When Driverless Cars Crash, Who’s to Blame?

In todays world, half of Americans say they’d be willing to try using a driverless car. The advantages to an autonomous vehicle are endless, everyone would rather sleep or watch a movie rather then driving on long road trips. Also, autonomous vehicles are a way for the elderly to get around from place to place after they’ve gotten their keys taken away. Autonomous cars represent freedom and technological innovation at its finest. However, is it too risky with all the legal problems to put autonomous vehicles on the road?

When an autonomous vehicle crashes who’s to blame? Does the person who owns the car get sued or the vehicle manufacturer? It’s hard enough to assign liability in a car crash between two people let alone a car that drives on its own! If a car driver drifts out of his lane, but the computer assist doesn’t kick in and he crashes, who receives the blame the car manufacturer or the driver?

Analysts agree that car manufacturers will take the blame for accidents associated with autonomous vehicles. They are the bigger association and have more money, plus they are also responsible for the design of the car. This is why auto manufacturers must perfect the technology of autonomous cars. They have to teach the car to make good decisions. The hardest decision is whether the car protects the driver and passengers at all costs or if it is more aware of its surrounding. If the car has an ironclad obligation to protect its passengers and that puts non-passengers at risk (specifically pedestrians), where does the car company draw the line?

A potential solution to the legal grey area includes autonomous cars giving warnings for when a human should take over. This warning would be issued in areas of extreme traffic or during areas of the road that present potential hazards, such as lane closings or construction. That way if a warning is issued and the driver doesn’t take over and the car gets into an accident, the manufacturer would not be liable for damages. Autonomous vehicles represent a huge safety innovation. If self driving cars cause a handful of accidents each year, but prevent thousands of accidents created by human drivers, it may be worth it to invest in autonomous vehicles moving forward.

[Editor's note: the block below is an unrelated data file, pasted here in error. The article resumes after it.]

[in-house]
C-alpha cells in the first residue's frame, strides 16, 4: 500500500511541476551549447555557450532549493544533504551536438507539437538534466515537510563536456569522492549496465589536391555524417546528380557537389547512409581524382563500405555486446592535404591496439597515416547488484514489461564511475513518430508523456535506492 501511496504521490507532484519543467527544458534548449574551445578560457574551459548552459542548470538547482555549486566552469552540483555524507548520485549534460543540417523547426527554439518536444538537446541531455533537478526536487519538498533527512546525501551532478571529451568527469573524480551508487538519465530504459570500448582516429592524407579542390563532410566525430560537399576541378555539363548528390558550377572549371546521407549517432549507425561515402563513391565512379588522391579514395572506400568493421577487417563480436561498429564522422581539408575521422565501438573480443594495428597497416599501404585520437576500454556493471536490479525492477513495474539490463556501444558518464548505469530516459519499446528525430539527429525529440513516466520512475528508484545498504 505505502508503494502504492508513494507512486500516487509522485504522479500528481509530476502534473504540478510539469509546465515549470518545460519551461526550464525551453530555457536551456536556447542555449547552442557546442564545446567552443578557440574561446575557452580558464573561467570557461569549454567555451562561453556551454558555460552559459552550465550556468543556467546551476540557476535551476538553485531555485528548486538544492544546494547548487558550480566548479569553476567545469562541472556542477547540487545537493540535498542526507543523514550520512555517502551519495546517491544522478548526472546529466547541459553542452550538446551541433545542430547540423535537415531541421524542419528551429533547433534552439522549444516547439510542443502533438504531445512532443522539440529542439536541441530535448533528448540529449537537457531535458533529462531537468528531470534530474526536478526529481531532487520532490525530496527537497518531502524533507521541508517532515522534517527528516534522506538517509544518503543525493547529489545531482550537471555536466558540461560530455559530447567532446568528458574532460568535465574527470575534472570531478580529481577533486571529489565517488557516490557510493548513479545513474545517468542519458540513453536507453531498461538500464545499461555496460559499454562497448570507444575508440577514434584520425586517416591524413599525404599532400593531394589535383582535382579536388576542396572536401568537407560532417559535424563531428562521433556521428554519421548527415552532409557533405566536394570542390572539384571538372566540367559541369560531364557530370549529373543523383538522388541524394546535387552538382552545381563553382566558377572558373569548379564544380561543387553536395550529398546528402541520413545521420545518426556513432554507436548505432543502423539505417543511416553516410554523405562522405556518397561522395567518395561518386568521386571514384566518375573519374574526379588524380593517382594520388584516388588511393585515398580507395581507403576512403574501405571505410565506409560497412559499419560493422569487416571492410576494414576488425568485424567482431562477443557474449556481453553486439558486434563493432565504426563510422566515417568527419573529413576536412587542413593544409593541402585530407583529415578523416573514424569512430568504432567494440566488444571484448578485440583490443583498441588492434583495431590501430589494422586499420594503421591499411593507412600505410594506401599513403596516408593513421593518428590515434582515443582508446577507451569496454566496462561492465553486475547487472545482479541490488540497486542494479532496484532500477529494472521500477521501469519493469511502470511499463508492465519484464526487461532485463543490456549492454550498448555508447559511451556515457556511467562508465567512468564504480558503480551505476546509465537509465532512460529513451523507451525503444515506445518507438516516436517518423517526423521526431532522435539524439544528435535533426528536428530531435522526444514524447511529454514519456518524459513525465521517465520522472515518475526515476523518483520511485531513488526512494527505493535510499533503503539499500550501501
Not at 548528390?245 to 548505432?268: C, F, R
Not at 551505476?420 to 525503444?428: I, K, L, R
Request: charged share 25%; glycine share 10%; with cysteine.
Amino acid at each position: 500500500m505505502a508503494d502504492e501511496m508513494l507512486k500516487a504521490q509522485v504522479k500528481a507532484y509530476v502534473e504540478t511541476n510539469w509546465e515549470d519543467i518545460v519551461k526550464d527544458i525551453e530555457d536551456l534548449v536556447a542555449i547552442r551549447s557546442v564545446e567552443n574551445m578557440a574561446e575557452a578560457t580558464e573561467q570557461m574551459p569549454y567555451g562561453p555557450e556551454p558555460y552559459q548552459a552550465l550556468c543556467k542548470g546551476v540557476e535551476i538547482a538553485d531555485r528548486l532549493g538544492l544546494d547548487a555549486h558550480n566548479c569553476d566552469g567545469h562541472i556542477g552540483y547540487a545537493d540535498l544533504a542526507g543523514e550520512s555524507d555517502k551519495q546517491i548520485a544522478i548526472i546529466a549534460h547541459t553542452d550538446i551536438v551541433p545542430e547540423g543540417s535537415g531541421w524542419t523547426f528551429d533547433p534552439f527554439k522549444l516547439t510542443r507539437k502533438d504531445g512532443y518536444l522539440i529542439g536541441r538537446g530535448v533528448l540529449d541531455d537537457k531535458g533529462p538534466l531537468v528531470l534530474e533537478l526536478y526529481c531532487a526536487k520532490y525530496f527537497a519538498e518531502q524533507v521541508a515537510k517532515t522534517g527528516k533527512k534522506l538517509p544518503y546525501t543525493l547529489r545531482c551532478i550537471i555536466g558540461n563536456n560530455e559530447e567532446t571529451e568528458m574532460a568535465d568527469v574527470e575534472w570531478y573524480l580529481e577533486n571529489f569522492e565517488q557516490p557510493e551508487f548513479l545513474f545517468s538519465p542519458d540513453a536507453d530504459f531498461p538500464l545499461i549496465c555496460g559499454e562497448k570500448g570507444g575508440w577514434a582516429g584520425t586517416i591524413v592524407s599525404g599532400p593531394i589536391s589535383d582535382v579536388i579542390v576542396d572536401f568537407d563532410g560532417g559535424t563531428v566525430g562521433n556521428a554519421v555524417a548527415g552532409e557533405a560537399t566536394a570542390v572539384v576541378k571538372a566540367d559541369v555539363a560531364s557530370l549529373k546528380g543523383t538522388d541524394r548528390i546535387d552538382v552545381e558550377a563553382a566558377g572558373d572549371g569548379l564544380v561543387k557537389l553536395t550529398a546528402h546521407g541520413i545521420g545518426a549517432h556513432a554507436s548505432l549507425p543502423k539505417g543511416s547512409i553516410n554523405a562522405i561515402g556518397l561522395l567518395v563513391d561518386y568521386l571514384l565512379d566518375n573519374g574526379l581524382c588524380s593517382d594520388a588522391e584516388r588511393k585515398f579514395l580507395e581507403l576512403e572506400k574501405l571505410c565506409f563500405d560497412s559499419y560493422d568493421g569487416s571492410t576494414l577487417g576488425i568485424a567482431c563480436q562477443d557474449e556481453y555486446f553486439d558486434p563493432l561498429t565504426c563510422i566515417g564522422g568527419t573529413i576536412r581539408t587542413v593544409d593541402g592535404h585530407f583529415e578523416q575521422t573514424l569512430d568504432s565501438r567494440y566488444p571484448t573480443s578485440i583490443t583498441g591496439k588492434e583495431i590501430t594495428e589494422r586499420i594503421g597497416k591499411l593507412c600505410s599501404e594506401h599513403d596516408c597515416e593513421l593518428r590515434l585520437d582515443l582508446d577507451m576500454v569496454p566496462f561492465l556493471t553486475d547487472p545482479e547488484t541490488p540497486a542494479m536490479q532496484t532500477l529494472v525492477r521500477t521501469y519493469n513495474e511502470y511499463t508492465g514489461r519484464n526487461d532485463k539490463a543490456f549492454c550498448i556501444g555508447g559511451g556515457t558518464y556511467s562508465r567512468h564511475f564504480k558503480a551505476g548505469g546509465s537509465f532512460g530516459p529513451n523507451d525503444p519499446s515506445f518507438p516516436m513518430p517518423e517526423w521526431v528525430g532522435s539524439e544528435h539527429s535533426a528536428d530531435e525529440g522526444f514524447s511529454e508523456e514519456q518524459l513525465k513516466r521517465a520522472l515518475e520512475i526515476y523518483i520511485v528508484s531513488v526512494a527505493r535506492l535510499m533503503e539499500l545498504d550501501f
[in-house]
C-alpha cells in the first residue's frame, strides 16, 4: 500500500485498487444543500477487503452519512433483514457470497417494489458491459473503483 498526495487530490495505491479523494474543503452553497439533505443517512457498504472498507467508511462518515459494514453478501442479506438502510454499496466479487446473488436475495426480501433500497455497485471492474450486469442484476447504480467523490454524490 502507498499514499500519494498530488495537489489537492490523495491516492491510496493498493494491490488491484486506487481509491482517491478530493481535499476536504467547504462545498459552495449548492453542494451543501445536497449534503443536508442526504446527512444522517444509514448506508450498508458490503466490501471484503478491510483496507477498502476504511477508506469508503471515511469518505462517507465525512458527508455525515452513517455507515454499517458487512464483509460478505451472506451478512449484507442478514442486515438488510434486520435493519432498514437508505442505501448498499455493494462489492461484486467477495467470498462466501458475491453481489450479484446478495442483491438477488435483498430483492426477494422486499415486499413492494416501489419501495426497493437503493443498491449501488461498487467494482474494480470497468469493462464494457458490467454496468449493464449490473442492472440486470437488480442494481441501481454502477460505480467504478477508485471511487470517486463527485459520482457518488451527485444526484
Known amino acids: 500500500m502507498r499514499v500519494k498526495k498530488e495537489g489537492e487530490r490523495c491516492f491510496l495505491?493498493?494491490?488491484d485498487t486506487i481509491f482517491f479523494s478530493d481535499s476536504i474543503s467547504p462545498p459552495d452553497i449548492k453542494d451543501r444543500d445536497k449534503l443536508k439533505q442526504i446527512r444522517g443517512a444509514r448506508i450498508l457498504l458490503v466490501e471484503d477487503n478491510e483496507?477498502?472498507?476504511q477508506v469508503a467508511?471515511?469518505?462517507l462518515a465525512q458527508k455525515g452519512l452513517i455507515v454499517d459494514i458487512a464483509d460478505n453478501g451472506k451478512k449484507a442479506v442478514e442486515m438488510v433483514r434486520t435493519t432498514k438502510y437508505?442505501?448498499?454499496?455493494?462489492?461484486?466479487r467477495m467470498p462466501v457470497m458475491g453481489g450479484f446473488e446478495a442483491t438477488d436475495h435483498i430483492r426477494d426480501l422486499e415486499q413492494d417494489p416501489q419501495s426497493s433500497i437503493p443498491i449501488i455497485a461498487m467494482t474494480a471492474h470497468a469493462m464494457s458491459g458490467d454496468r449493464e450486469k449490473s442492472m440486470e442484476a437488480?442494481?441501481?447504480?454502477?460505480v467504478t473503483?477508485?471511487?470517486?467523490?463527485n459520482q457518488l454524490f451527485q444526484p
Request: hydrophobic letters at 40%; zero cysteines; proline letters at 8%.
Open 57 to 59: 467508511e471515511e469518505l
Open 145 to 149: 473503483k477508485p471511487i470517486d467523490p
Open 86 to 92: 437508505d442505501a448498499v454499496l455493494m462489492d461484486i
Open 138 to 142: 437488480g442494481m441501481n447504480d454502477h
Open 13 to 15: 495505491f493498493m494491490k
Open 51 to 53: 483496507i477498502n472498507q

Source- http://www.washingtonpost.com/blogs/the-switch/wp/2014/05/12/when-driverless-cars-crash-whos-to-blame/

5 comments to When Driverless Cars Crash, Who’s to Blame?

  • Zachary Durkin

    I don’t see a huge problem with the car-to-human aspect of this, and I never understood why UMTRI stressed over it. The cars can easily be equipped with technology to determine whether the driver is able to take over, and if the driver is not ready, simply slow down, pull over, and shut down the car until the driver is ready.

  • Kuangdi Zhao

    I remembered few years ago, VW provides customers the option to purchase automatic parking on their cars. By choosing this option, customers can just stand on the street and watch their cars park automatically. However, this option is not available in all countries. Some countries prohibit cars to move if drivers are not in the car. Perhaps this can illustrate the difficulty facing drive less car.

  • Kade Kenlon

    Having the car alert the driver at any sign of traffic or any other possible danger is a step towards getting autonomous vehicles on the road. Also the more autonomous vehicles on the road the less issues autonomous vehicles will have on the road, especially if they can communicate with each other, which UMTRI is working towards.

  • mayolj16

    I agree with Zach that there should not be any issues on who to blame. The car manufacturers should be blamed for any accidents with autonomous cars since they are the ones designing them. The only exceptions would be when the user does not comply with the maintenance of the car, or makes any non authorized modifications to the car.

  • Louis Ike

    The speaker at the alumni gathering in Detroit gave his thoughts on autonomous cars from a lawyers perspective. He said that autonomous vehicles would only be feasible on a mass scale if the manufacturers reached an incredibly low percentage of vehicles crashing. Once this has been achieved, he said that an insurance industry would likely arise to insure large OEM’s against law suits arising from autonomous vehicle crashes. I think that this may be the best way to deal with legal issues surrounding autonomous vehicle crashes: much like how doctor’s practices have mal-practice insurance, OEM’s will have autonomous vehicle collision insurance.

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